14 December 2011

I was a celebrity (it was fun)

Last Friday I was invited to a session with 2+2 Childhood Studies students. It is a HE course; students do two years at our college and then continue for another two at Warwick. I had seen them already, we did an information skills session– library catalogue, Google, e-books, reliability of information sources. They also had a session on blogging with a colleague of mine, our graduate trainee.

On this occasion, I was invited as a local celebrity (their tutor, Lin Armstrong, and I couldn’t stop laughing when planned all that) to present an award for the Best Blog of the Term. It was an important event as, according to Lin, this year she could observe a real break-through with her students: most of them used a variety of online tools, including personal blogs, to support their learning and did it in a collaborative way. Lin is a great believer in connectivism – a comparatively new learning theory for the digital age – and was very excited when found that her students had started discovering and generating knowledge as a network/community of learning. To celebrate their achievements and encourage further, the ceremony was put together.

Lin presented her analysis of blogging patterns, highlighted interesting aspects of each blog. According to her, quite a number of students have already consistently practised reflective writing and linked materials they found on their own to the content of classroom sessions. They also commented on each other’s posts and developed discussions. I found it fascinating: when I studied theology I couldn’t stop talking about my readings and thoughts on the subject; the same was when I studied information science – I hardly needed any hobbies on top of that. I could recognise excitement and passion in those students.

Obviously, I couldn’t just give the award and disappear. Lin had briefed me on two aspects of students’ writing, which she wanted me to highlight – reflective and analytical. I unpacked that and then spoke on two simple matters: how to break the paralysis many of us have when start blogging; and another topic –how to survive and continue writing when everyone else around you is doing the same.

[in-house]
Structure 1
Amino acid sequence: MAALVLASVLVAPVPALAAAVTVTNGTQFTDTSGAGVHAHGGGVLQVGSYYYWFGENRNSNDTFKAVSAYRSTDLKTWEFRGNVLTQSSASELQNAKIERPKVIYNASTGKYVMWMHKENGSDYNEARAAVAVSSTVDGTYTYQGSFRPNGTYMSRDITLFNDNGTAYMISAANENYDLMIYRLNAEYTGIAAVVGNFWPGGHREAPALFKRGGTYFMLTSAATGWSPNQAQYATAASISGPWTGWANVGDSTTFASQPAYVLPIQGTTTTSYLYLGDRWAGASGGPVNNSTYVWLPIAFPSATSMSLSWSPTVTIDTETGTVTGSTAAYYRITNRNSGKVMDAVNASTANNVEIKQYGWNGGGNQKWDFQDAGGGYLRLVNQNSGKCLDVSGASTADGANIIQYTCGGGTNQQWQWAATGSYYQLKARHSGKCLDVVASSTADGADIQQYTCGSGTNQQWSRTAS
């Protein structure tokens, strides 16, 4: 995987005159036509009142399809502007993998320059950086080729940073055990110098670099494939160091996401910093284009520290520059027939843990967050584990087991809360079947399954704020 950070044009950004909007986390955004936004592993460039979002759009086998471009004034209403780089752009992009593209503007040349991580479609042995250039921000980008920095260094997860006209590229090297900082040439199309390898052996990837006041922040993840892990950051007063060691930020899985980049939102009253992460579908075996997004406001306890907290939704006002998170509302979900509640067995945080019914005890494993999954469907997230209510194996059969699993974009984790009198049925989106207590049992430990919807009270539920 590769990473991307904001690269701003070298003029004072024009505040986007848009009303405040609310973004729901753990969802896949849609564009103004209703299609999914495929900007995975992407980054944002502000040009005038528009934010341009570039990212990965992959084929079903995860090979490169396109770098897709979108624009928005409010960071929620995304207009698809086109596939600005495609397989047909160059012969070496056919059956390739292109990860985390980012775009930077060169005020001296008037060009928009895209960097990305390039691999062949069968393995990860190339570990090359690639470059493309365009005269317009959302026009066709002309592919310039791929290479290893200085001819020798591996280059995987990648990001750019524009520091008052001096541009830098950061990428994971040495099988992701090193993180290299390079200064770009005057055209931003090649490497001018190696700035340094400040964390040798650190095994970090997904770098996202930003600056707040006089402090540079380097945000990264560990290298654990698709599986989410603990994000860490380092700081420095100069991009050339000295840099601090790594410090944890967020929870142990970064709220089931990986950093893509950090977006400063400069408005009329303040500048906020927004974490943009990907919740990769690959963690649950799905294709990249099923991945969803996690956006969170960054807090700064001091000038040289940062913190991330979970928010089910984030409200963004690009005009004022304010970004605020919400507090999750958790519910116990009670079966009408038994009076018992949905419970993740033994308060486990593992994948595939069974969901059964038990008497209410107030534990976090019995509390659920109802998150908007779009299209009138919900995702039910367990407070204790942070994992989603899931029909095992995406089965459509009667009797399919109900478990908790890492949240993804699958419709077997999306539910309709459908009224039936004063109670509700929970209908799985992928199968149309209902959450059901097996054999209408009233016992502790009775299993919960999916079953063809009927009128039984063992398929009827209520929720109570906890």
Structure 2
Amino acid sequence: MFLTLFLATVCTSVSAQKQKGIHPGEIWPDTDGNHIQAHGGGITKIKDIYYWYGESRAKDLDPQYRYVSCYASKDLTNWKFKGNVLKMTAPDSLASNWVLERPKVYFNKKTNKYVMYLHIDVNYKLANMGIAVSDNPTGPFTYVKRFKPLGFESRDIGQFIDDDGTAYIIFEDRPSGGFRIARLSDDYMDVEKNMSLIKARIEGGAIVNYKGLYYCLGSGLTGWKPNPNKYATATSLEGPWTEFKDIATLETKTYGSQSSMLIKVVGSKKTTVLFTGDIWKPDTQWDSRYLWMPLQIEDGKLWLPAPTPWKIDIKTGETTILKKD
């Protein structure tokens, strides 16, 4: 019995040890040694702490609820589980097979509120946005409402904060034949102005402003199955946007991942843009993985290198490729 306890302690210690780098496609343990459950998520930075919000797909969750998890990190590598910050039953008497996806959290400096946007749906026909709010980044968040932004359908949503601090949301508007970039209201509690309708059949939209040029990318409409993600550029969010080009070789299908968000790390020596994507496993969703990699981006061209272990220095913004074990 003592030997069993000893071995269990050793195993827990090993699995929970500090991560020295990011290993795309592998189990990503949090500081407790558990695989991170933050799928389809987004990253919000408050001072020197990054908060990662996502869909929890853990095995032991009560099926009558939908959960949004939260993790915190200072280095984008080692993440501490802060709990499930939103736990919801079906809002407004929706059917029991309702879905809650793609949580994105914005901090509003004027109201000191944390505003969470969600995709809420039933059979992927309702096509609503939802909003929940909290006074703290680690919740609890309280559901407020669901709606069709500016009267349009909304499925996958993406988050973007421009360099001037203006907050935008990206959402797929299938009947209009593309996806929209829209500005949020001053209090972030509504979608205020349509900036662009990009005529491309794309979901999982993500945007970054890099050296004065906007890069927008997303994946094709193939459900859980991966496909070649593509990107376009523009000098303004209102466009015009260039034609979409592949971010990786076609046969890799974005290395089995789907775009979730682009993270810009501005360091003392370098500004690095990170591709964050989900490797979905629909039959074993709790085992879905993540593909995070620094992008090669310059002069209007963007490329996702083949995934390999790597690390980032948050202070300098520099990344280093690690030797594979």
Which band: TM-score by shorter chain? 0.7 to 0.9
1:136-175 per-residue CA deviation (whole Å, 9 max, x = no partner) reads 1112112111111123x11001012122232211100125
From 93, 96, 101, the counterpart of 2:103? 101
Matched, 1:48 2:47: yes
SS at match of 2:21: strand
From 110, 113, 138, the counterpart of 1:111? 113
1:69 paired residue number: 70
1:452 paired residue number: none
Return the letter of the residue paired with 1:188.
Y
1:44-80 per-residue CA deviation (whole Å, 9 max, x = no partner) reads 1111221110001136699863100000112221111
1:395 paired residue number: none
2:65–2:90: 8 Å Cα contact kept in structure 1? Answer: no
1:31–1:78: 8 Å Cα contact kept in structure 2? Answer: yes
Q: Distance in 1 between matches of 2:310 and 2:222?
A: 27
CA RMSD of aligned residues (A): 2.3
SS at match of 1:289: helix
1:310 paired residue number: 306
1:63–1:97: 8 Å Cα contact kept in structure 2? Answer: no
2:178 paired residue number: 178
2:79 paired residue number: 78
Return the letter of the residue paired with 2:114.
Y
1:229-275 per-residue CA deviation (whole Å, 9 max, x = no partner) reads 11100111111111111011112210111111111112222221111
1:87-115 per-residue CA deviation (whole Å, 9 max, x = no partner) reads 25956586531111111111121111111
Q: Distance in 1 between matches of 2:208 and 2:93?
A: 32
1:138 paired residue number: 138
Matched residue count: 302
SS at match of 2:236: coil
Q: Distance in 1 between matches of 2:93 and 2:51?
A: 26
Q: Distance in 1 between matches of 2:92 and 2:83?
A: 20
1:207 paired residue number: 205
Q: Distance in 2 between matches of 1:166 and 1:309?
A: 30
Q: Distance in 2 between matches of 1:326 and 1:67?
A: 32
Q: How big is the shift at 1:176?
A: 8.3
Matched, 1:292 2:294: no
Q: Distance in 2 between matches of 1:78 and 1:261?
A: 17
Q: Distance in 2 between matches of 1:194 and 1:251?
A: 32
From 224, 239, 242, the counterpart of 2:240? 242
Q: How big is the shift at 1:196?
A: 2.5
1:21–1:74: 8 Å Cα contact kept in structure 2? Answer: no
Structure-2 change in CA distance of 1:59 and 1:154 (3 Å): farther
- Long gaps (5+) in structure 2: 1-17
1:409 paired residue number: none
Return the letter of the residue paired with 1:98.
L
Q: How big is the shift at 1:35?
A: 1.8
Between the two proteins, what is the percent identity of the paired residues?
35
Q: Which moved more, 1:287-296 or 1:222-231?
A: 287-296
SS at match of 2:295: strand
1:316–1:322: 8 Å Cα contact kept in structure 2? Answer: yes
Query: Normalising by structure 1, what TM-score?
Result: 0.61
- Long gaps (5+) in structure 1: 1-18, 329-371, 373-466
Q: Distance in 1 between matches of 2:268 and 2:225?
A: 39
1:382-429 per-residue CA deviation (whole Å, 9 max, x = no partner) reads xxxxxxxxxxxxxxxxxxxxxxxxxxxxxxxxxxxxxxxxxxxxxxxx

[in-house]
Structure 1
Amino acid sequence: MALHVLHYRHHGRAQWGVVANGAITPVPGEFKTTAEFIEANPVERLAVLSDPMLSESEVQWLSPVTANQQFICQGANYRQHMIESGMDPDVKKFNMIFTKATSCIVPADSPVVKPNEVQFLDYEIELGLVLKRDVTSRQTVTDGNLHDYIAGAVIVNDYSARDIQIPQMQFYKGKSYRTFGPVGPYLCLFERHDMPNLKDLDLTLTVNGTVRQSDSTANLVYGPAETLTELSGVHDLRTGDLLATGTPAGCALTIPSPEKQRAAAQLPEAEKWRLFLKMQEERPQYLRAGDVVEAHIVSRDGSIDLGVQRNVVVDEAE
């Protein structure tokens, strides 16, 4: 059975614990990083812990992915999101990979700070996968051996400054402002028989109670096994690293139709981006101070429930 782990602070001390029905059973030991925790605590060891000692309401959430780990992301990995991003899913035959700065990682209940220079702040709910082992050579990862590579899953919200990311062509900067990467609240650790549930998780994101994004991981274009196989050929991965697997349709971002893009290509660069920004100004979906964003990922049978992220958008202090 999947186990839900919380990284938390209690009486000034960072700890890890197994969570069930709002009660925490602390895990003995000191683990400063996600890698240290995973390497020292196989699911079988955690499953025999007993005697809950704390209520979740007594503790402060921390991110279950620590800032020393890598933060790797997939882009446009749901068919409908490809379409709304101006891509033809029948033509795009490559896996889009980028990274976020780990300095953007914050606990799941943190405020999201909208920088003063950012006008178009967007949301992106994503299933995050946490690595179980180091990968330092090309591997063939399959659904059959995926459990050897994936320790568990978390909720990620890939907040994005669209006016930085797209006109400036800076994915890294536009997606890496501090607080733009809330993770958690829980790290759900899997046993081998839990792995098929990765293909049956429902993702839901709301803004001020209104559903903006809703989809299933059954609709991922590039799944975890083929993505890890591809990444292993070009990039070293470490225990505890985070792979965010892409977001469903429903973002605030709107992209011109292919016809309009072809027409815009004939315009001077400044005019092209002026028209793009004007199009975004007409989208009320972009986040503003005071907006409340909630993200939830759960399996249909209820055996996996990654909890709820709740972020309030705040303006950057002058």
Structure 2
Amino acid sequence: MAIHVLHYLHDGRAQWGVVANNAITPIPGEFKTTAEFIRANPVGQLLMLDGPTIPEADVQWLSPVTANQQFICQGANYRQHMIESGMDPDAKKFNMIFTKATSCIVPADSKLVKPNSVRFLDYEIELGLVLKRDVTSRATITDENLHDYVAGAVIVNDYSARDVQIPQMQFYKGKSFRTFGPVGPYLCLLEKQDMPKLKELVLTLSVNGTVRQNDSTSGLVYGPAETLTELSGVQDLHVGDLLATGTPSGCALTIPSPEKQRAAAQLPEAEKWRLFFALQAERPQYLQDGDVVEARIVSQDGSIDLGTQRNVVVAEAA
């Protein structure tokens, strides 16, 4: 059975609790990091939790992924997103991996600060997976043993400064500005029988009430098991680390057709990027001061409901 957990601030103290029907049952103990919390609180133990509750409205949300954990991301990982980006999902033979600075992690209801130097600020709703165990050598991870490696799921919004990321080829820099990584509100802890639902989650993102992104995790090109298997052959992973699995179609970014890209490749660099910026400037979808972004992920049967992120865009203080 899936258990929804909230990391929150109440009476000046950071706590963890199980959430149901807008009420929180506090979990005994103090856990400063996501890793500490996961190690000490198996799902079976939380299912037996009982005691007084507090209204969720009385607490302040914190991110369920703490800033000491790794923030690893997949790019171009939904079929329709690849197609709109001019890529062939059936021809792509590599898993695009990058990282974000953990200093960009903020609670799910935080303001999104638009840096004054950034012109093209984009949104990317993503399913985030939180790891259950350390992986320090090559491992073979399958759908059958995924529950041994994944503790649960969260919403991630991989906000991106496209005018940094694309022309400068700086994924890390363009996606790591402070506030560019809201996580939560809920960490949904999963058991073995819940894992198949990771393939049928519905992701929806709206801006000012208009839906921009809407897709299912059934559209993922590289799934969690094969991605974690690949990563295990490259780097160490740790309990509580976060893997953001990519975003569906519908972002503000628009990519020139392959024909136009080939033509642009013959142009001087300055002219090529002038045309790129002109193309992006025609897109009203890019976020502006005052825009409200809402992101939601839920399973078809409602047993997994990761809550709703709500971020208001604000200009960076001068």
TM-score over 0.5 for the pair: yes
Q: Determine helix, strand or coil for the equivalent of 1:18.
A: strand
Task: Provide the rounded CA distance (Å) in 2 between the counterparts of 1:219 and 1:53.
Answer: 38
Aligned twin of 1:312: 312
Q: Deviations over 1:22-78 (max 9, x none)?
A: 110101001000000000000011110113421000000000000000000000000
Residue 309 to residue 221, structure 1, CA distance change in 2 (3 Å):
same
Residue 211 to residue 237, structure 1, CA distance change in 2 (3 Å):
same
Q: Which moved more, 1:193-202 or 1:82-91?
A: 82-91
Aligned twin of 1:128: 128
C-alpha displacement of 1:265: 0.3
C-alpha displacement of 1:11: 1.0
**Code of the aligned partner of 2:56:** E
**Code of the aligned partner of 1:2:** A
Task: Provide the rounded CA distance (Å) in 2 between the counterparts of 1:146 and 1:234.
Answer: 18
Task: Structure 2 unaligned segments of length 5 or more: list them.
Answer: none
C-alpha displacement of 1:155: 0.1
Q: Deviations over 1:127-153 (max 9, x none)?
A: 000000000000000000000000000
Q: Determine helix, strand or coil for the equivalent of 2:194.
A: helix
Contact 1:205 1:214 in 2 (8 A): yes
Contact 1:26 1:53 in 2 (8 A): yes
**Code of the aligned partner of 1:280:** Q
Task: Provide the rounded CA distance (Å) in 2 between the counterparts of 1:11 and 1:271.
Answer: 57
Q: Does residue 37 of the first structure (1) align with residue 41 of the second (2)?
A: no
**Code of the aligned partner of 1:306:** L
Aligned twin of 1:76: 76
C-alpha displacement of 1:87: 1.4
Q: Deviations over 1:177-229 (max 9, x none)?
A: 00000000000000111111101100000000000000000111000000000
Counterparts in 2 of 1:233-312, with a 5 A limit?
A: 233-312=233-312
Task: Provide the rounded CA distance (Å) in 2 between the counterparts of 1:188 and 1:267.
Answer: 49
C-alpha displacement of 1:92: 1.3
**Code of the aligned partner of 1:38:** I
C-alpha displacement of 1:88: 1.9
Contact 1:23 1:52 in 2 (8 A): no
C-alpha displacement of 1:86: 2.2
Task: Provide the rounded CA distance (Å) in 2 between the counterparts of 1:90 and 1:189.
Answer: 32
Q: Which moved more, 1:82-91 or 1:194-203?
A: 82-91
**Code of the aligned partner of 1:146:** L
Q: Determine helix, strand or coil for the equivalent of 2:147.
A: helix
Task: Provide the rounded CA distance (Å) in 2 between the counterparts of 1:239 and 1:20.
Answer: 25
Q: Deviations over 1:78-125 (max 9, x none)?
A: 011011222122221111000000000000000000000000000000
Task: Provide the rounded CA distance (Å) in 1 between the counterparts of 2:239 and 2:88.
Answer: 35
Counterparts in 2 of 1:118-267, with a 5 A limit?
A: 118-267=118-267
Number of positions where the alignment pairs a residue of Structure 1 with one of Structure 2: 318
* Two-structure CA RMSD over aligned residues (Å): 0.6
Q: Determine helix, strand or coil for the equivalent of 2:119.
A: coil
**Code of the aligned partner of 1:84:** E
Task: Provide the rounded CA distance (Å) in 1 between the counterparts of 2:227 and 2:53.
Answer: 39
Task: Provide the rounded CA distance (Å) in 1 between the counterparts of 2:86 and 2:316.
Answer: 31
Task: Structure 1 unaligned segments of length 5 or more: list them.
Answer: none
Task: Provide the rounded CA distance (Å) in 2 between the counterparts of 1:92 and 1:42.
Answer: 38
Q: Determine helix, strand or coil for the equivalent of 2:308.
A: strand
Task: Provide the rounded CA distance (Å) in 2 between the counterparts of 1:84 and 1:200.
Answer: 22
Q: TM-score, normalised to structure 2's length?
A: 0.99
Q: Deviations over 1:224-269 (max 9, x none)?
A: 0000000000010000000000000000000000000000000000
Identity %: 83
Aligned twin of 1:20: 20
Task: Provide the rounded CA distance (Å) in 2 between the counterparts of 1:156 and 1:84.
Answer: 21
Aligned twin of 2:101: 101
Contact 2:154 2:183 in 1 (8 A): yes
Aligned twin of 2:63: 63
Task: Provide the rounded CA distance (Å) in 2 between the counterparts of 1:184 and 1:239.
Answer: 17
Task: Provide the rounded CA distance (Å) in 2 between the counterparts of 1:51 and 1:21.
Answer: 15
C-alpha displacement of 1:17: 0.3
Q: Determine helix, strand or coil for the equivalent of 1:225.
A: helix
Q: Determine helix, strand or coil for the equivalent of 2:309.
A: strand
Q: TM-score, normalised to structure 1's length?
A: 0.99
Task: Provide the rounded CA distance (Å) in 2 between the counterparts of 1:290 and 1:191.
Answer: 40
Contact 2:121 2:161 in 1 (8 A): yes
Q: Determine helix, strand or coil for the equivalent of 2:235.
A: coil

A chapter on blogging in Richardson’s Blogs, wikis, podcasts and other powerful web tools for classrooms (2009) has the simplest and most useful advice on starting blogging: step by step, from commenting to reposting links to explaining the content of the reposted material etc. Going back to basics helps also when we suddenly develop stumbling blocks: instead of keeping silent we should engage with others gently or post stuff in a Facebook-like manner.

And stumbling blocks… Competitions are good only in the sense that they play on our inherent human competitiveness, which is everywhere, surrounds us so that that we take it for granted, ignore, overlook. From my experience, some people stop blogging simply because they can’t write as well as others do – in their opinion; or they don’t get comments from others, they are not followed by people important to them. Strategies of dealing with that can be diverse, depending on the person, context etc. I encouraged the students to remember that in four years time they may not see each other and if any bitterness happens meanwhile it will probably be irrelevant eventually. Now is precious time to develop oneself, to be jumping up and down from excitement about insights they develop and – not least important – share that: knowledge resides in networks.

And then there was a huge amazement – Cher didn’t expect her blog to be awarded… I think it was a bar of lush soap and chocolates!

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